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Sugar Bytes Cyclop: Grit Gets in Your Eye (the Synth and Software Review)



Does your music cry out for more raw, wildly animated sounds?

Monophonic??? Well, yeah. But this is not your grandfather’s Minimoog. Cyclop is a mono monster for the new millenium. The complex synced LFO section suggests Cyclops may have been aimed initially at producing wobbly bass tones, but the preset list goes far beyond that. This is not a do-everything synth, however. It specializes in sounds that are complex and gritty.

Along the bottom of the panel are two oscillators, two filters, and a tidy little routing section for sending the oscillator signals to the filters. Even here there’s more than you might expect. The oscillators each boast half a dozen different synthesis types, and the filters offer a choice of ten modes.

The upper part of the panel is the modulation section. A couple of big knobs, a couple of medium-sized knobs, and seven little knobs — at first glance, that doesn’t look like much. Then you notice the record and playback buttons below larger knobs. But the real action is in the center of the panel. Here there are six different display screens, which provide access to a step sequencer, looping envelopes for the knobs, an AHDSR envelope, a graphic routing matrix, and various other widgets, including effects.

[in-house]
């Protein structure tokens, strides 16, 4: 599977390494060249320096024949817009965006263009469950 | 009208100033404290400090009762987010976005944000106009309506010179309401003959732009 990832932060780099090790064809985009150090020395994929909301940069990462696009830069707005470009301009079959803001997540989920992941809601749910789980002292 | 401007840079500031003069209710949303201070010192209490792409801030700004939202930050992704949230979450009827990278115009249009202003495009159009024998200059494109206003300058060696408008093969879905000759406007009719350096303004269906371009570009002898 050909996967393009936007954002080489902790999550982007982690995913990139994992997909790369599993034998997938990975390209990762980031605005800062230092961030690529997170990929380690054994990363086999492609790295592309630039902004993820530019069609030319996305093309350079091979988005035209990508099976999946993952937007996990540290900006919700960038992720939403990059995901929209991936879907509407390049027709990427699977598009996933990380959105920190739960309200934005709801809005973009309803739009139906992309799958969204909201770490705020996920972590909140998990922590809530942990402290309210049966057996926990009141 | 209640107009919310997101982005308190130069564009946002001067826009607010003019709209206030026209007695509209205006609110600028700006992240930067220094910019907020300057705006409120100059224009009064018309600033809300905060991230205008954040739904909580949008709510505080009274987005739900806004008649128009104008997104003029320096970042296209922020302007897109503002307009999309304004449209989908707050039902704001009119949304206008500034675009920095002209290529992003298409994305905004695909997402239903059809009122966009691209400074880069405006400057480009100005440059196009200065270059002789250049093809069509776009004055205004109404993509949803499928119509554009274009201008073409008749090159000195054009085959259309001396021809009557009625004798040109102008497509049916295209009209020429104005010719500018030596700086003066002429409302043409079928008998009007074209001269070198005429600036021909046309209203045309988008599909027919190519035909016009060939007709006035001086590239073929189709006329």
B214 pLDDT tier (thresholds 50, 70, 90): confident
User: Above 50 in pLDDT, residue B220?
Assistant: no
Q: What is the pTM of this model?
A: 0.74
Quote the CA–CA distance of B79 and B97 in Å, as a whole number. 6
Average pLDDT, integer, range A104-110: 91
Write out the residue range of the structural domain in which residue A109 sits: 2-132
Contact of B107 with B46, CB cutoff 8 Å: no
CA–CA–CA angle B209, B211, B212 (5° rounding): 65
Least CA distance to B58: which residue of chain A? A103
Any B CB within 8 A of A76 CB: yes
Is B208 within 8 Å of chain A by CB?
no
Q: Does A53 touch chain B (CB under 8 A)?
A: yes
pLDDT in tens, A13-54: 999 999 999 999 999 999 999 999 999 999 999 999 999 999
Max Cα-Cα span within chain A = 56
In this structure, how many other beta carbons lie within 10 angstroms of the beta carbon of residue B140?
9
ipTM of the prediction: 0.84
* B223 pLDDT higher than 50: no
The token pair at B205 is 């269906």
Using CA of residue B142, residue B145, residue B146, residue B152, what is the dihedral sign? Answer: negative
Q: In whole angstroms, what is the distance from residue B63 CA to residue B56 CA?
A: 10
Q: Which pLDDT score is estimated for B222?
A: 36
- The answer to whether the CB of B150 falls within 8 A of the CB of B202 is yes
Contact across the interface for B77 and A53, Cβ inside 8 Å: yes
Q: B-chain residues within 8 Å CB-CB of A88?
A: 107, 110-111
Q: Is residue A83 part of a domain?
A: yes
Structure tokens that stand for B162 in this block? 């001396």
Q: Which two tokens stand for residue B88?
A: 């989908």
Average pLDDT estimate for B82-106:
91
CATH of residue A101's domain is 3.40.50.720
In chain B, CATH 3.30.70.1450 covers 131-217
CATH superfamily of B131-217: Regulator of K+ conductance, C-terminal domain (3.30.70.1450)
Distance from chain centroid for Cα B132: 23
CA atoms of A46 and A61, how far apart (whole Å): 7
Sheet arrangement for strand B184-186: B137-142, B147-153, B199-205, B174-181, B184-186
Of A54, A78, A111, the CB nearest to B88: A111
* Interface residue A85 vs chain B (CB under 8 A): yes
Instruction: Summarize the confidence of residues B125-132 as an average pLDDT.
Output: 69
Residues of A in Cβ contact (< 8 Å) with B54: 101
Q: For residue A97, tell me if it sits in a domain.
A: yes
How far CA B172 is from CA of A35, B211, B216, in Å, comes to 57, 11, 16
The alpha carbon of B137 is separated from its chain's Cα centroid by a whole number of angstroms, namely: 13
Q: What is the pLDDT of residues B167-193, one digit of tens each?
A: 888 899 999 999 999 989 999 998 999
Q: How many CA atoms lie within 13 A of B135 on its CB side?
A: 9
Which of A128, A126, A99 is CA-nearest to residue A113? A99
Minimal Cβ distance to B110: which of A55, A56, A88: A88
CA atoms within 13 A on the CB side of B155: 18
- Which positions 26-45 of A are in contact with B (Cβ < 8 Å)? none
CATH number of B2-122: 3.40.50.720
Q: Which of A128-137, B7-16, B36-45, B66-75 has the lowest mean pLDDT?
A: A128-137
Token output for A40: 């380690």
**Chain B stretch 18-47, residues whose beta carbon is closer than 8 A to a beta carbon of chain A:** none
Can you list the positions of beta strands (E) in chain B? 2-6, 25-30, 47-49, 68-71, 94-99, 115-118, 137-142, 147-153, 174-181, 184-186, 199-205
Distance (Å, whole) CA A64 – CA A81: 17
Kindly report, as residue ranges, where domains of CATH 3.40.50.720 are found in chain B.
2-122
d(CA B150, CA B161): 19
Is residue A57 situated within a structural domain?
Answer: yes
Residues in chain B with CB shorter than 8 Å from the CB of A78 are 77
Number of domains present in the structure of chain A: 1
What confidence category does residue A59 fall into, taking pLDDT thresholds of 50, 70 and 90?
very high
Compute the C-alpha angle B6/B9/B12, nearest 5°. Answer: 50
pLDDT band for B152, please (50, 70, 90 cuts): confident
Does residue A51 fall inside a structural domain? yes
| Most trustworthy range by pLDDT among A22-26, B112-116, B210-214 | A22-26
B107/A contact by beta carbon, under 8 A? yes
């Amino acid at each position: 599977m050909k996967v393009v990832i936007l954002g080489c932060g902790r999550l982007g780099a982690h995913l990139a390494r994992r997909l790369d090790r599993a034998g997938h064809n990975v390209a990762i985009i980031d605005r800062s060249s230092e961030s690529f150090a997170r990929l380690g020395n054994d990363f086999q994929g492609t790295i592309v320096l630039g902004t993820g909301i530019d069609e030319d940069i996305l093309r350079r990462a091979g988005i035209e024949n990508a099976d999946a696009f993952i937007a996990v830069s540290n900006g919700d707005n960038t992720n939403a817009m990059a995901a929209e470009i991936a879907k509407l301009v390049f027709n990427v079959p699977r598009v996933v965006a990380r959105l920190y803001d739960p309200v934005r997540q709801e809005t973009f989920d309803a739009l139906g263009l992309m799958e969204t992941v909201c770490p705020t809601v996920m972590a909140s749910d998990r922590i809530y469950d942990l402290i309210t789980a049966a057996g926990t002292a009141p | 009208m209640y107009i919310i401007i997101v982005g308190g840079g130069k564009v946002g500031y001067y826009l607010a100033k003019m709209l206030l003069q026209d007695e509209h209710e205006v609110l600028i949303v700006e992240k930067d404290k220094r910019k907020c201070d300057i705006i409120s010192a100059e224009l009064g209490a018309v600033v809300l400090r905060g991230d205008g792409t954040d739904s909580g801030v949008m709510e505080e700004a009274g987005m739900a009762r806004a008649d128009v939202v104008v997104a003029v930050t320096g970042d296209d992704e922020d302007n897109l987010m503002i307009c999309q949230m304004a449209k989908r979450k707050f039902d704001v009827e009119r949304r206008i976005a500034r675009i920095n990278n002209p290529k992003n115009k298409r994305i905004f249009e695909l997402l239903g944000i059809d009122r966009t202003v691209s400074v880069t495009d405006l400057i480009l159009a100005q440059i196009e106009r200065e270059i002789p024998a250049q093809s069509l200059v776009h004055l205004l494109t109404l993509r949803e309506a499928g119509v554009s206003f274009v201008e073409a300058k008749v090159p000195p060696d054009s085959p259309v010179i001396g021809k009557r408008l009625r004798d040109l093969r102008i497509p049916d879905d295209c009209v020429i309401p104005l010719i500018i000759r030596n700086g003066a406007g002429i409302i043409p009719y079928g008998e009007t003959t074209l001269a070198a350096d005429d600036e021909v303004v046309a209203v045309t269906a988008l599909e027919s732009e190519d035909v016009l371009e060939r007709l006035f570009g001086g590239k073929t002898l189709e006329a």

I’m not going to cover every feature in depth. There are some good videos and audio clips on the Sugar Bytes website that show off features of the instrument. And you can download the demo version, which times out after 30 minutes or so, doesn’t publish its settings to the DAW, and will stop after 30 days. Cyclop is formatted for VST2, VST3, and AAX, and can also run stand-alone.

Generating tones. Each of the two oscillators can use any of six different synthesis methods. The meanings of the three knobs along the top of the oscillator, which are modulation targets, will change depending on what synthesis type you choose. All the oscillators have 1/0/-1 octave switches, but they really ought to go down another octave. To use Cyclop for bass, you may want to hit the octave switch on your 61-key MIDI keyboard to get lower. There’s also a sub-oscillator, but that’s in the output section, so you can’t do anything with it other than set its loudness.

First up is analog sync, a standard square/saw wave with an internal sync source, which of course can be swept. Next is FM (frequency modulation) with one modulator and two carriers. You can choose various frequency ratios for all three of them, but even when the ratios are all set to 1/1, the bottom two octaves of a standard MIDI keyboard no longer play a chromatic scale. It’s probably best to think of the FM oscillator as a source of grinding tones with clangorous sidebands.

The transformer oscillator provides a simple form of wavetable synthesis. You can use any of the supplied samples (well over a hundred of them) or load your own. The Spectromat oscillator is probably my favorite. It’s an additive synthesis algorithm that lets you detune the partials, switch individual partials on or off, and shift the whole partial list up or down the frequency spectrum.